Like I say, it's a selfish endeavour, and if nobody buys a record then I'll be upset, but everybody has already bought the record, so it's fine!
I don't need to worry about that, it's fucking done! I know that Oceansize worked with Superball [Music] for the last album. GO'M: Oh yeah, and they released that on vinyl last year. So what was it like going the Pledge Music route first instead of just going straight to a label? MV: That was basically what happened. I wasn't happy with the ordinary contract that every fucking label out there uses, y'know? To be quite frank, I don't like the idea of re-couping or not re-couping to a record deal.
It's a fucking scam, the whole thing, and what nobody lets you in on is that even when you're un-recouped and you still owe the record company, they will have made their money back and they will be earning, but you'll still be fucked. It's the old business model, it's the way it's always been, and one day it's going to fucking change but at Album) point I was like I can't do a deal like that, so I came to an arrangement with Superball whereby I could do the pledge campaign, have my way with it and then they could take the record and release it a month or so later.
It's a little bit too good Album be true, but it certainly fucking works for me. This pledge thing The whole concept of it was custom designed for someone like me. If I was being a little cocky I'd say that it's gone significantly better than I expected it to. I didn't expect it to be half as successful as it's been, again because I've not put out a record in nearly five years. Y'know, it's satisfying: yesterday I came home from tour and I signed fucking items to send out It's incredibly satisfying and humbling, the house is a fucking state and it's driving us a bit crazy, but my wife and I feel absolutely fantastic that we do this from our home; the moment that the pledge campaign was launched, every iPad, the phone, the computer, just everything [was] going fucking crazy with notifications, and it just didn't stop, and it still hasn't stopped.
It doesn't get any more exciting than that really. GO'M: I wanted to talk about the idea that you think old business model is fucked and how pledging and various platforms are kind of the way forward. Every so often I get emails from PledgeMusic highlighting campaigns from bands that used to be on majors and I'm like, 'wait, hang on MV: Yeah, I think that its custom designed for people like that. Pledge isn't really going to work for someone that doesn't have an audience yet, but the trouble is the only way to build up an audience in all likelihood is via the generosity of the wealthy patron.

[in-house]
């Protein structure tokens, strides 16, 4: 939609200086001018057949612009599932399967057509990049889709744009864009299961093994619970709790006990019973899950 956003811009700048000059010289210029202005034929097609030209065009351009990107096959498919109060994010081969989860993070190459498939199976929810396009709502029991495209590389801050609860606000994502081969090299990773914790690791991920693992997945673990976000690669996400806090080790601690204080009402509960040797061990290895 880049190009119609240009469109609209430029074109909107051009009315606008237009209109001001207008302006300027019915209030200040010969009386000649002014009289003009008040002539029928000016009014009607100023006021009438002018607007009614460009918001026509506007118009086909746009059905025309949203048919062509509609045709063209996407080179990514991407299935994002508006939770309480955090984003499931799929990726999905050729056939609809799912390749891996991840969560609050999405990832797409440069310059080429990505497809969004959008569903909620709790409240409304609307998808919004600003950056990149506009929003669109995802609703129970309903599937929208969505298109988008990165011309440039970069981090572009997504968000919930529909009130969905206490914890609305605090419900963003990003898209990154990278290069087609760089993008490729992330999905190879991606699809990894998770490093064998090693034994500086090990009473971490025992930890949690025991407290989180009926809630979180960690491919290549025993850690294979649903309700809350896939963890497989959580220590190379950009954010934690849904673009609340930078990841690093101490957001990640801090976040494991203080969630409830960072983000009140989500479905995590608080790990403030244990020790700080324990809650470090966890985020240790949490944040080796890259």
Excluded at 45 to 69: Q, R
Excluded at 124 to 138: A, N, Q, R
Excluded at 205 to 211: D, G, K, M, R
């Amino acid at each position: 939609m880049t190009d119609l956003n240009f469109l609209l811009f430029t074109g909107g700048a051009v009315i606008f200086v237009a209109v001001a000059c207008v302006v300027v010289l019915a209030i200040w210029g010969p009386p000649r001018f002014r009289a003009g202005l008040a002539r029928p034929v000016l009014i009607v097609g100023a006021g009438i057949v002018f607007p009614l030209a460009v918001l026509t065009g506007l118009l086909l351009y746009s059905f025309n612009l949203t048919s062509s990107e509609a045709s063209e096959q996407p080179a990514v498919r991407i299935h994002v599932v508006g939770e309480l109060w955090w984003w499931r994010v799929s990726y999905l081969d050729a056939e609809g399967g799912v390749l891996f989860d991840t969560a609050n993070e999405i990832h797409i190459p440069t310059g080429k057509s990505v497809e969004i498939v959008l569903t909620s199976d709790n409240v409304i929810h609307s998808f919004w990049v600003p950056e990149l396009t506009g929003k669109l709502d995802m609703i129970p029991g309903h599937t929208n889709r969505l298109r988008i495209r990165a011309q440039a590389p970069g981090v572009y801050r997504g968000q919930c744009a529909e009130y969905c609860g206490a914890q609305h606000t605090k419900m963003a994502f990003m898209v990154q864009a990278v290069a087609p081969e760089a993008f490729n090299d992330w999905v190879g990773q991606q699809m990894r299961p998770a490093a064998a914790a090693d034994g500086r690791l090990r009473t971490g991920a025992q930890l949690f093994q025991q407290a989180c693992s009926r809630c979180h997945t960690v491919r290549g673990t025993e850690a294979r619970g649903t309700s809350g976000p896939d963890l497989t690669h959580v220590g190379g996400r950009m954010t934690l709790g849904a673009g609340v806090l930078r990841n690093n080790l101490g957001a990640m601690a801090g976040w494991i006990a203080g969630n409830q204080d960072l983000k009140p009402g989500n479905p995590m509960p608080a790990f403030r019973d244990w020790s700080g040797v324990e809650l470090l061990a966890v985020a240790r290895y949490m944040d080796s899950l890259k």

You need some kind of marketing muscle behind you really, but having said that, fucking hell Beggars Banquet and Superball didn't exactly splash out. We went out on tour and they helped fund some of Album, but in terms of marketing, every label I've ever been with simply puts the record out and waits for somebody to talk about it, and those first three Oceansize albums Nobody fucking talked about them, so you just got to the point where it was like, if you were on a major label, a double edged sword You either have that route where you just fling the record out and hope for the best or you have the other route where you go to the major label and somebody does pay a fortune in marketing and in all likelihood you won't pay that money back and you'll get dropped!
GO'M: Was that one of the reasons behind the Well, I know we said we wouldn't talk about this but was that one of the reasons why you guys decided to put Oceansize to bed in ? Was there more of a business side to it? MV: No, there wasn't. It was nothing to do with business; it was nothing to do with money; it was nothing to do with our ages; it was personal - personal and professional.
Like I say, it comes down to trust It was nothing to do with business. GO'M: I hear stories about bands I have been aware of or actively liked breaking up every other month, and it's usually to do with the fact that there's some business snafu that happened.
In one way it's really disheartening to see, but in another sense it's more that bands need to be aware of the different ways they can get themselves heard these days.
Nico Fidenco - Stardust (Vinyl), Dreamworld - Theweddingpresent* - Saturnalia (Vinyl, Album), Slow And Low, The Driveway - Special Ed (4) - Love Tobias (Cassette, Album), Convergence - Stephen Arnold Music* - S.A.M. I Am (Vinyl, LP), I Dont Believe Thats How You Feel - Tracy Byrd - Big Love (CD, Album), Terra - Watergate - The Battle (Vinyl), Zostaw - White House* - Kod3x - Trylogia (CD, Album), Shardmonic - Tribe Of Astronauts - Shardmonic (File, MP3), Confusion - Various - Lets Talk About Love - Volume 3 (CD)